More rape & violent sex crime in England & Wales than anywhere else in Europe

More rape & violent sex crime in England & Wales than anywhere else in Europe
England and Wales has the highest number of violent rapes in Europe, according to official statistics published Thursday. Almost a third of sex crimes in the EU were recorded by police forces in the two countries, the figures show.

Data from Eurostat, the official statistics organization of the EU, show that 64,500 violent sex crimes, including 35,800 rapes were recorded in 2015 in England and Wales – the highest in the bloc in absolute terms. That was followed by Germany (34,300, of which 7,000 were rapes), France (32,900, of which 13,000 were rapes) and Sweden (17,300, of which 5,500 were rapes).

Relative to the population in each European country, Sweden recorded the highest number, with 178 violent sexual crimes per 100,000 inhabitants, ahead of Scotland at 163 and Northern Ireland at 156.

“It should be borne in mind that the figures do not necessarily reflect the actual number of violent sex crimes,” Eurostat cautioned. “Rather than show to what extent such crimes are reported to and recorded by police. Therefore the variation between countries is also influenced by general awareness and attitudes to sexual violence offenders.”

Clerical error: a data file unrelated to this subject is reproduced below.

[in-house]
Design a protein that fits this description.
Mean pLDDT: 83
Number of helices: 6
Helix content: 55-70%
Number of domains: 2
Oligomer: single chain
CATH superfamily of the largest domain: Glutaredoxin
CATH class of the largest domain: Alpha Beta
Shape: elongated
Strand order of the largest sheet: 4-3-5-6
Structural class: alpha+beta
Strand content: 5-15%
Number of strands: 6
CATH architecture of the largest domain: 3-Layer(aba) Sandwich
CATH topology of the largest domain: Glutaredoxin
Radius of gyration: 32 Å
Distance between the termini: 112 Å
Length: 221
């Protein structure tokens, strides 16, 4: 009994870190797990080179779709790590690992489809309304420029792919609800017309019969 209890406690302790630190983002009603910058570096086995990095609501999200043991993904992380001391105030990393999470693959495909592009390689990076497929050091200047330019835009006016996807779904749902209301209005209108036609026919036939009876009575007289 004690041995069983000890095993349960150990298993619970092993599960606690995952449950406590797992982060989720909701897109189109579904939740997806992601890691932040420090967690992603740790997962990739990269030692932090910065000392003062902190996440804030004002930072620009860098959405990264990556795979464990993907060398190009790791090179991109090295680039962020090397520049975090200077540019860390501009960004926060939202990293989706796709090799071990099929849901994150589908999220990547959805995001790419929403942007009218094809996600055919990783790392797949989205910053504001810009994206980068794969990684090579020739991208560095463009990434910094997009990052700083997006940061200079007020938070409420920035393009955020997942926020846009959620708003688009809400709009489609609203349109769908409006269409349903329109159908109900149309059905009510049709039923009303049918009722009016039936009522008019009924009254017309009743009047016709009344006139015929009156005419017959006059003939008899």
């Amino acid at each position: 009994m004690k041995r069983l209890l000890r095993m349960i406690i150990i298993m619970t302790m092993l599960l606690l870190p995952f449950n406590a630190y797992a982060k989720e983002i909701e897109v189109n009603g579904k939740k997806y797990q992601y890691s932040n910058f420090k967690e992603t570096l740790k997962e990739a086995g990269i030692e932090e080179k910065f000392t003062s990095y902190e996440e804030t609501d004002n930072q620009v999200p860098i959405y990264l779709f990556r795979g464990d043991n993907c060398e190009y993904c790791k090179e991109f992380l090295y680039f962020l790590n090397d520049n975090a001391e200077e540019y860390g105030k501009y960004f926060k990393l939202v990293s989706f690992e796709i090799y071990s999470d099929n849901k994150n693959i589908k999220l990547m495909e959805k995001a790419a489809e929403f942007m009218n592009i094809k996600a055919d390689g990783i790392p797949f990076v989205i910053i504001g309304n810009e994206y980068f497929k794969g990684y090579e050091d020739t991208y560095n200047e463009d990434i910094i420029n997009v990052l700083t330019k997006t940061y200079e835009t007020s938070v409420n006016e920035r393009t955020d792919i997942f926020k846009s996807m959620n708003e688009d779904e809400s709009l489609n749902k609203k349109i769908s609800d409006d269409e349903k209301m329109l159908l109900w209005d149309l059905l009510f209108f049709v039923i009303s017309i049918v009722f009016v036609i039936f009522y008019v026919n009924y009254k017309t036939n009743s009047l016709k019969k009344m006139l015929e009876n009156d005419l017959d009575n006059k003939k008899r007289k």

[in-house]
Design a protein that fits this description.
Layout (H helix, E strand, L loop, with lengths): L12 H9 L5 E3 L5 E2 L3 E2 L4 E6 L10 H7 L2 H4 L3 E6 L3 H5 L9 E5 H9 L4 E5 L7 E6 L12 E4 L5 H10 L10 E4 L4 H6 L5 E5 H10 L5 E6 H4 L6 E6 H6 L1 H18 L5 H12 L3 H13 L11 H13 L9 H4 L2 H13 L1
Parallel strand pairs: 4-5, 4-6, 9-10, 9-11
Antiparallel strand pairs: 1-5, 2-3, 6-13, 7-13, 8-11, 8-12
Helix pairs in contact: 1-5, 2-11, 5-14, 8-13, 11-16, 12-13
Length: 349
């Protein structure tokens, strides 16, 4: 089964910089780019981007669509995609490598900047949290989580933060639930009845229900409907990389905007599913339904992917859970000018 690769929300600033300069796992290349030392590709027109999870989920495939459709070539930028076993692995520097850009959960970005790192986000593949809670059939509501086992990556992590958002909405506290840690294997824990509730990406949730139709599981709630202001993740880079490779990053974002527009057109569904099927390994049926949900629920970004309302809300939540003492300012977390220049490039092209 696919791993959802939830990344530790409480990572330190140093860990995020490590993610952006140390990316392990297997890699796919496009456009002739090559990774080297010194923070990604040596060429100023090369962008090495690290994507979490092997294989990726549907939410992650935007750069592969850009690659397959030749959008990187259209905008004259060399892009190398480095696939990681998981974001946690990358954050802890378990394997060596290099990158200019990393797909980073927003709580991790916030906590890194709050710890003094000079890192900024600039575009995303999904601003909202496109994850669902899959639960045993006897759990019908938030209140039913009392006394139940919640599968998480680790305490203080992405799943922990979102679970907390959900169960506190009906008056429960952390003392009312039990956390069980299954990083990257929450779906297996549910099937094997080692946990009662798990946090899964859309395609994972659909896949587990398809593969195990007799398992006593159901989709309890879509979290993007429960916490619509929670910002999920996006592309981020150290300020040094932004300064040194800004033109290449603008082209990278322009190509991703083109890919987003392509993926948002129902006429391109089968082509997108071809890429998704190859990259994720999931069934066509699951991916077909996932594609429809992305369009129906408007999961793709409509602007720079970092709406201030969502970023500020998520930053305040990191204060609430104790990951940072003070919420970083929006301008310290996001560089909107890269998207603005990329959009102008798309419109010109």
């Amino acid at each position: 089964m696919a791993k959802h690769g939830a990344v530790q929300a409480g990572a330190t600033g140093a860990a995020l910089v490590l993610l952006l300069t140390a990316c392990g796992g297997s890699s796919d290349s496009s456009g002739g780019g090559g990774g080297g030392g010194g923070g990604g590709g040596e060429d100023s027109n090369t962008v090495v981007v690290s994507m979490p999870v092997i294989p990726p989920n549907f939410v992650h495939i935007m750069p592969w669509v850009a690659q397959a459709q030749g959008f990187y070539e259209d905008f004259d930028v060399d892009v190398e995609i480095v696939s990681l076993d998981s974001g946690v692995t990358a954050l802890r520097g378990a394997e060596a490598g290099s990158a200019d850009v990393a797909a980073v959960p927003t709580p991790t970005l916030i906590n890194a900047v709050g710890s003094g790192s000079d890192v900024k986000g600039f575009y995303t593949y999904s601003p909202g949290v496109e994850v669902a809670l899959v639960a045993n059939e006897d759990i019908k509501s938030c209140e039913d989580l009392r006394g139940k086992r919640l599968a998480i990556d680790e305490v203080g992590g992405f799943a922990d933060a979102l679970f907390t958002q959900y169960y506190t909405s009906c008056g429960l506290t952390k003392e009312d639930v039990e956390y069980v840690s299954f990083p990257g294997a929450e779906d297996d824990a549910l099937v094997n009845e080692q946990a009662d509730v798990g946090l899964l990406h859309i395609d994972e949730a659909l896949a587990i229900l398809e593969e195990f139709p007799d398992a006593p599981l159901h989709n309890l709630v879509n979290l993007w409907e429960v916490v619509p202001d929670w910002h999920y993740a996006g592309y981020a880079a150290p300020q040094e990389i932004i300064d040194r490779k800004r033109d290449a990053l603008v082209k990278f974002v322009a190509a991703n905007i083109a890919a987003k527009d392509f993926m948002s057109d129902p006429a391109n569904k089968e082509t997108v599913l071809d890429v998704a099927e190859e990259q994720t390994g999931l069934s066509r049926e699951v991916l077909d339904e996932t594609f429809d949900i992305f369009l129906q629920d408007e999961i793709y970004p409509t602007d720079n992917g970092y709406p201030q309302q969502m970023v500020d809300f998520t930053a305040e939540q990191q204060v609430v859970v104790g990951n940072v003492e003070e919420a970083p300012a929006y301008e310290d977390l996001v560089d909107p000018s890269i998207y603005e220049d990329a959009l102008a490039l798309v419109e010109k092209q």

The figures were released as the Office for National Statistics (ONS) published a study that shows 1.2 million women and 700,000 men in the year to March 2017 reported being the victims of some form of domestic abuse in England and Wales.

There were 454 homicides linked to domestic abuse recorded by police between April 2013 and March 2016 with 319 victims being women and 135 men. Over three quarters, or 242 of female victims were killed by a male partner or ex-partner and two thirds of male victims were killed by another man.

While the estimated number of incidents of domestic abuse was 1.9 million, only 1.1 million reports of abuse were reported to police, indicating that many victims never go to the authorities.

Suzanne Jacob of the SafeLives domestic abuse charity told the Guardian, “Looking at this latest data from ONS we can see significant gaps in the response still exist for people experiencing abuse.

“Victims are not ‘hidden’ – they’re coming forward in increasing numbers – we’re simply not doing enough yet to see them and respond. We hope this new evidence will encourage agencies to work together to see the whole picture, putting in place the best response, at the earliest stage, for all members of the family.”